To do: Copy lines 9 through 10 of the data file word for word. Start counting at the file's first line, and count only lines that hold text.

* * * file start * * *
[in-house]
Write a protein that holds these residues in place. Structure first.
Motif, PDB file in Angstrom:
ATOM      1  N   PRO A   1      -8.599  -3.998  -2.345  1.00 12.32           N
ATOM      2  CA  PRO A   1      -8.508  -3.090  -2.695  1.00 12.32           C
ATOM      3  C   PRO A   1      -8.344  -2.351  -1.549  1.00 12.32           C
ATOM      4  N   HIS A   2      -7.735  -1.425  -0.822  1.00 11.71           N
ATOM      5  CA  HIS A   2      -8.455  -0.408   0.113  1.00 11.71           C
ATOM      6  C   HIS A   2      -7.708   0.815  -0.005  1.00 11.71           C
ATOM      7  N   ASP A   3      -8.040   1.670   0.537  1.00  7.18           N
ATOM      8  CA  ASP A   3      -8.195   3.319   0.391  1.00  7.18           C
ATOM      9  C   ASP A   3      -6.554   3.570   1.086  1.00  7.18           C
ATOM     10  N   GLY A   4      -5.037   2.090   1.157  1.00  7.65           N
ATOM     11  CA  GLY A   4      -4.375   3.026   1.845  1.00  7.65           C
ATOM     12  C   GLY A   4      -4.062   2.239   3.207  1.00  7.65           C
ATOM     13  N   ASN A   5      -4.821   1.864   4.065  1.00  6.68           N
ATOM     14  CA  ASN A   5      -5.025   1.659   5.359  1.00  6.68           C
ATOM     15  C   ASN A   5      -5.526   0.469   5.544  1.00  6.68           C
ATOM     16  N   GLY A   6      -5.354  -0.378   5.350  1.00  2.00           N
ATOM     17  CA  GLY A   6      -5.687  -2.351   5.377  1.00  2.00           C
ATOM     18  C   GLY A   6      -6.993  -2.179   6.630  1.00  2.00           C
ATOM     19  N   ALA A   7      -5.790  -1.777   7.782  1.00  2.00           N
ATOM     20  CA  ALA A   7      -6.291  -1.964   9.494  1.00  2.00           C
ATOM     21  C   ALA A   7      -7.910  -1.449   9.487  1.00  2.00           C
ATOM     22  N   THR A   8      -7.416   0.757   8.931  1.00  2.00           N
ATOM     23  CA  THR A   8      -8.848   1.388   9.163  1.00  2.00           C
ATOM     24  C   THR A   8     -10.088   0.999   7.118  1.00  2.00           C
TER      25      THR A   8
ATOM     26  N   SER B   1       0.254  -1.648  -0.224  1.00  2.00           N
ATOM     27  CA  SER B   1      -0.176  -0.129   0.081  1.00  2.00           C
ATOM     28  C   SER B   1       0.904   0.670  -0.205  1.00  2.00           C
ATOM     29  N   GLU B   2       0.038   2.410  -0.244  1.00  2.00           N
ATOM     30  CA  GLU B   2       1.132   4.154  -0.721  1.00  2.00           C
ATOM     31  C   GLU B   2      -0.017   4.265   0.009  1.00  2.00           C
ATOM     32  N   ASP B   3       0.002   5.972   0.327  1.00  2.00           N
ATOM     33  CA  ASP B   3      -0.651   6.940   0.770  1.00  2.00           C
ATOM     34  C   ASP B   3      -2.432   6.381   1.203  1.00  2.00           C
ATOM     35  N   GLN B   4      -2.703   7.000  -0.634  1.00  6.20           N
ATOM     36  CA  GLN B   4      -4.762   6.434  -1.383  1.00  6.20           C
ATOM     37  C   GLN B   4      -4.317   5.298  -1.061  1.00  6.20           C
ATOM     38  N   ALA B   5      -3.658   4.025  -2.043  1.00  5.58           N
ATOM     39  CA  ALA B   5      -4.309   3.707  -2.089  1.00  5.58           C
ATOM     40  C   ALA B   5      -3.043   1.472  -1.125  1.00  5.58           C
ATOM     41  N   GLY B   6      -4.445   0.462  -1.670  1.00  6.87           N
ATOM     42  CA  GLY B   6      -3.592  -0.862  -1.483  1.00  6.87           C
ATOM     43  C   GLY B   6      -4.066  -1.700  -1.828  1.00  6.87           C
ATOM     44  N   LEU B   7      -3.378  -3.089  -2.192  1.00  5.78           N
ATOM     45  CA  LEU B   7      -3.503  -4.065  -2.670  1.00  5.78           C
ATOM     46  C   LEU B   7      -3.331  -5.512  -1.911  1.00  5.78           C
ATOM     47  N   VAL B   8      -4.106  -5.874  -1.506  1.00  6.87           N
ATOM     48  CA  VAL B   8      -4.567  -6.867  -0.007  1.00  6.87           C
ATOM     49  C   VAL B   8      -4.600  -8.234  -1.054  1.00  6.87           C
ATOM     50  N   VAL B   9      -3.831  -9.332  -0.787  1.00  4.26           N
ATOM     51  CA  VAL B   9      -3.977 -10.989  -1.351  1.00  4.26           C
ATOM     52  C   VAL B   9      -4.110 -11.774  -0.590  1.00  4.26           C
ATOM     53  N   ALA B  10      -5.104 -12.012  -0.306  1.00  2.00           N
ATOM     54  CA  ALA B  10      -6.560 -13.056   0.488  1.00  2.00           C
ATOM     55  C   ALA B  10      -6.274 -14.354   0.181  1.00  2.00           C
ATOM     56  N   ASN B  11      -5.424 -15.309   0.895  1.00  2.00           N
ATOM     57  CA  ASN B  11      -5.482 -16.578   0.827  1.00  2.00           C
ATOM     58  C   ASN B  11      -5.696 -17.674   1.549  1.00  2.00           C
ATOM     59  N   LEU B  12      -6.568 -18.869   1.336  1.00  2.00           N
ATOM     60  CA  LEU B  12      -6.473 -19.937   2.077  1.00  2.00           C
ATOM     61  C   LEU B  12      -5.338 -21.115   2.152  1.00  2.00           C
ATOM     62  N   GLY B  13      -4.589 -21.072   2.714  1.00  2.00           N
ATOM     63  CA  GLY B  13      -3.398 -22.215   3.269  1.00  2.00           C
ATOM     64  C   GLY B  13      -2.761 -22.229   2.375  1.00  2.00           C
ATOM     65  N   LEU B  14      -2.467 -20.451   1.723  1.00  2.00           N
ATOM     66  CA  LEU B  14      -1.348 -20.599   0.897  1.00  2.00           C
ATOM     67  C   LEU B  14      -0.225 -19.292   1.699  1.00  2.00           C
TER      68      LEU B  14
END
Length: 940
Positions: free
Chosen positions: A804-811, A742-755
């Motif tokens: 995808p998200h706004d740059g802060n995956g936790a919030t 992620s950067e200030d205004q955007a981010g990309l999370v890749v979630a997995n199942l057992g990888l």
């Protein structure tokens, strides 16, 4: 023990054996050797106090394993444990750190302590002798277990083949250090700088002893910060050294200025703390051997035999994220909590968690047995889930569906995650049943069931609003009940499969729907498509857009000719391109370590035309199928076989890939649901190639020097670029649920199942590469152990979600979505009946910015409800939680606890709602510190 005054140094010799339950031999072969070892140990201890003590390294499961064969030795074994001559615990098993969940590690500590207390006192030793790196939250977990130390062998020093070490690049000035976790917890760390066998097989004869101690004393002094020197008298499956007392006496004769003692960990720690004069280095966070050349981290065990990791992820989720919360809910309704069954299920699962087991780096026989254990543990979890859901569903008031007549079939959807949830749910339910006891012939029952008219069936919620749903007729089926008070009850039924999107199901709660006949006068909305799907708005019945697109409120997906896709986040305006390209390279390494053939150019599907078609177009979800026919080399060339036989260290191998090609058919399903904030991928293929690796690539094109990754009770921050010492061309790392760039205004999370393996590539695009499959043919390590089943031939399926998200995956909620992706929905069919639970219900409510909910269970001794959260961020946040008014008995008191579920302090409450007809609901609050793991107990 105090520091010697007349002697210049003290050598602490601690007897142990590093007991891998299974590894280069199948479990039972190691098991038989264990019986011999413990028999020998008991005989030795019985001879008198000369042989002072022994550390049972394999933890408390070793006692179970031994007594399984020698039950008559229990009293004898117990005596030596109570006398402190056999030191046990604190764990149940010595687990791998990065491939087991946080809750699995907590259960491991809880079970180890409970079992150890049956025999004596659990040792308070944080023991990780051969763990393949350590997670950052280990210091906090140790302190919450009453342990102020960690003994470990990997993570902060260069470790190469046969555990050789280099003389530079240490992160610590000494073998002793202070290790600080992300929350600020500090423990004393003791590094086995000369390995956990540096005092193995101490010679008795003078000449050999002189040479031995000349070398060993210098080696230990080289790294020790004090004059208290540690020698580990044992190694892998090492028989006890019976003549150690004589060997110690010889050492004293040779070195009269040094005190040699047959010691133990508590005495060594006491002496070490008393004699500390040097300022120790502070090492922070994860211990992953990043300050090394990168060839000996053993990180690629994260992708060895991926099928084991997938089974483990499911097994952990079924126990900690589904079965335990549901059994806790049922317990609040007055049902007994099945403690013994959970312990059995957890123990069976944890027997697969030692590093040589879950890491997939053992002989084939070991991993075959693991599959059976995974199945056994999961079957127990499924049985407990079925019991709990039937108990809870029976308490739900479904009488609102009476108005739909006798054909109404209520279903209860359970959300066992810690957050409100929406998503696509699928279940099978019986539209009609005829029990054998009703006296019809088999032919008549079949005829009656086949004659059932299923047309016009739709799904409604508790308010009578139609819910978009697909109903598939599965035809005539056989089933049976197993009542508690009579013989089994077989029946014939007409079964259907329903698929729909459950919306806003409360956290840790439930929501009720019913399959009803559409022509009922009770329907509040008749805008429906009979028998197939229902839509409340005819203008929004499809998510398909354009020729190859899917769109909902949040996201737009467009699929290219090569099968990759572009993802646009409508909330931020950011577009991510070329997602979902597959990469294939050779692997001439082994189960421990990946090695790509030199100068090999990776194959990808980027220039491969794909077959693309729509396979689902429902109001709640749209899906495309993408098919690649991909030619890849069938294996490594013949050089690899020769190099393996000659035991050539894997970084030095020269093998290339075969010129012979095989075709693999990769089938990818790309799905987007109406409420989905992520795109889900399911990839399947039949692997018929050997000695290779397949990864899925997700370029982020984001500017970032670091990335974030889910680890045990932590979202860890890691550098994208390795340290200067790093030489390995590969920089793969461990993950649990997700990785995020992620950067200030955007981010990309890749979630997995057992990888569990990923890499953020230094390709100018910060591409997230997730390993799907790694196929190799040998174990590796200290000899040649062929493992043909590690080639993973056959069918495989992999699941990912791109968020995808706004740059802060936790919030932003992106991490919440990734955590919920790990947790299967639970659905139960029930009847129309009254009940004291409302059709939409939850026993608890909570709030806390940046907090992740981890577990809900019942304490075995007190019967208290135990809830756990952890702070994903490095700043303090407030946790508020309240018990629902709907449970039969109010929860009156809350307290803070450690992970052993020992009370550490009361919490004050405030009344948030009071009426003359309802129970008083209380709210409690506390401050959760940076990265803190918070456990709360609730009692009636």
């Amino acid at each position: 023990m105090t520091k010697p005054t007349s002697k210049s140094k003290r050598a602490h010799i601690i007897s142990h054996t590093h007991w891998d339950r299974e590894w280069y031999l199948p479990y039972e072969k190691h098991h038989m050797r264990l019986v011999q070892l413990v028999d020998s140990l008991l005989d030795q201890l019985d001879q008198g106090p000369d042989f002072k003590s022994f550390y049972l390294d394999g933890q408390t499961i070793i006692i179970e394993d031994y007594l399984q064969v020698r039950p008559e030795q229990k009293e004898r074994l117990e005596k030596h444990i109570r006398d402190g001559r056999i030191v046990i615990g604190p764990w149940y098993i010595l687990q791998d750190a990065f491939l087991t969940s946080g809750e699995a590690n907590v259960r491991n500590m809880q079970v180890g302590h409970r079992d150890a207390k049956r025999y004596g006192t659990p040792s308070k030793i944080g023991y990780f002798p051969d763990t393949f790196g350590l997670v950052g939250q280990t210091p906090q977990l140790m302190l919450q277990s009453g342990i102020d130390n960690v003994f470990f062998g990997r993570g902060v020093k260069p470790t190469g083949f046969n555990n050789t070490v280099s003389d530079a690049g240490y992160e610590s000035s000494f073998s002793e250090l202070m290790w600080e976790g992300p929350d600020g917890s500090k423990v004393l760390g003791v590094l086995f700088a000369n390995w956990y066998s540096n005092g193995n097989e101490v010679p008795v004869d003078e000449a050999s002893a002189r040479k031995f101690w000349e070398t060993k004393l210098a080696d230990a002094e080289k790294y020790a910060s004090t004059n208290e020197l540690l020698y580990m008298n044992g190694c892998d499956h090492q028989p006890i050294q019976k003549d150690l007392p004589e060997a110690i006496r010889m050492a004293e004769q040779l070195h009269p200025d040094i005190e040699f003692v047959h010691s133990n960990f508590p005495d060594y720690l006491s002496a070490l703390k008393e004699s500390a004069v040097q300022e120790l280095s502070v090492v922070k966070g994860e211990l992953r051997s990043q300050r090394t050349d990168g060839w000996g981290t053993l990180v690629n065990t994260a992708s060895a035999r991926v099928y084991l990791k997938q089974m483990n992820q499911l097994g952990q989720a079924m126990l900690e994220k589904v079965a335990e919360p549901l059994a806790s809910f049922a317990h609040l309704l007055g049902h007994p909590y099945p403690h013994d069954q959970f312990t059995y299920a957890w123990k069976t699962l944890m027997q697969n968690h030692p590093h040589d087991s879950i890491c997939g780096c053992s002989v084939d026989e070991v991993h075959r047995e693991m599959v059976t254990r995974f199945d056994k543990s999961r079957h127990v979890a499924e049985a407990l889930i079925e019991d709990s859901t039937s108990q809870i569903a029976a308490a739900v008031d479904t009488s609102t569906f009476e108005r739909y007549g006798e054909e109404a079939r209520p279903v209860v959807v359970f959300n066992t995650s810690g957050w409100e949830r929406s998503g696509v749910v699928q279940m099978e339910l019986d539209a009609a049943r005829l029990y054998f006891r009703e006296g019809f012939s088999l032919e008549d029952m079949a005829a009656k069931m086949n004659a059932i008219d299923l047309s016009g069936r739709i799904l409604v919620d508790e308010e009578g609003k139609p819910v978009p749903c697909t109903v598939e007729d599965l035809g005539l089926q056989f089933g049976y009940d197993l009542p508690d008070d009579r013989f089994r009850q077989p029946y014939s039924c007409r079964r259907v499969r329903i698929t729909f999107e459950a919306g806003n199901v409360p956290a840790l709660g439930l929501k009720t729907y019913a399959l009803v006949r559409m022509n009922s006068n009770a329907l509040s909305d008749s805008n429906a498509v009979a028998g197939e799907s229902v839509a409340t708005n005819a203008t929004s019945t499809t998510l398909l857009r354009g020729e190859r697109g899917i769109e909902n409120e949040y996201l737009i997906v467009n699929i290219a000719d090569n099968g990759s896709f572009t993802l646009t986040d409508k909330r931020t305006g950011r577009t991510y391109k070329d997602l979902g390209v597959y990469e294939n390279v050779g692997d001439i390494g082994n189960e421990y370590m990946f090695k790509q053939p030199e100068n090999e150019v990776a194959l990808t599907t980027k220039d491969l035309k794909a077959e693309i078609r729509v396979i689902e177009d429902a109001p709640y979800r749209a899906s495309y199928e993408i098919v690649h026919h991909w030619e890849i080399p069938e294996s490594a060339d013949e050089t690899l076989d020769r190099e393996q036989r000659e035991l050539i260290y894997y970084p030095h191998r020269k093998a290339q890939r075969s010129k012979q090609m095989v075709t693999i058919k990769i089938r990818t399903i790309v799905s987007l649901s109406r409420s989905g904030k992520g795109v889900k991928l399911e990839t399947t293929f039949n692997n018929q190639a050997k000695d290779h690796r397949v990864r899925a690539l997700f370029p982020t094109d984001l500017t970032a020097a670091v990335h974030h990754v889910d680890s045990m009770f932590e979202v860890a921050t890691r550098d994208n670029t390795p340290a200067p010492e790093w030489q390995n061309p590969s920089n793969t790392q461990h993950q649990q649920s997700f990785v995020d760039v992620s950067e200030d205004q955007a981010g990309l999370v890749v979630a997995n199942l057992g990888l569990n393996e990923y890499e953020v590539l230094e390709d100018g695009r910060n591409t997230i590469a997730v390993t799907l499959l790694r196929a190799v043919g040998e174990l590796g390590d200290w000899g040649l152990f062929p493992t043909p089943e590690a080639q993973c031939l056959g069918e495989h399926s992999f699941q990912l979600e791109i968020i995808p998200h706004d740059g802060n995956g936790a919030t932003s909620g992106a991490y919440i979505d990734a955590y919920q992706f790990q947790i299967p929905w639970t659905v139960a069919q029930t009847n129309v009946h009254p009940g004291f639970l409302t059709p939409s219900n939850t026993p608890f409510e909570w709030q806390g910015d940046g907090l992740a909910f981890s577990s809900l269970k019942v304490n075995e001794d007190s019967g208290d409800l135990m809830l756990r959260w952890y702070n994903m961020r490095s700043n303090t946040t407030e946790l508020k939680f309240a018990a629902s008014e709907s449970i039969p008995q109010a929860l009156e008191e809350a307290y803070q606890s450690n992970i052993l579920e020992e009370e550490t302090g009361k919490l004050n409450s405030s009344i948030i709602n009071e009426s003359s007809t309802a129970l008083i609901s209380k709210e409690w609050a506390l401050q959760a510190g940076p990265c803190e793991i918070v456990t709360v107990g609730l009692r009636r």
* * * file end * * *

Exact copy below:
ATOM      6  C   HIS A   2      -7.708   0.815  -0.005  1.00 11.71           C
ATOM      7  N   ASP A   3      -8.040   1.670   0.537  1.00  7.18           N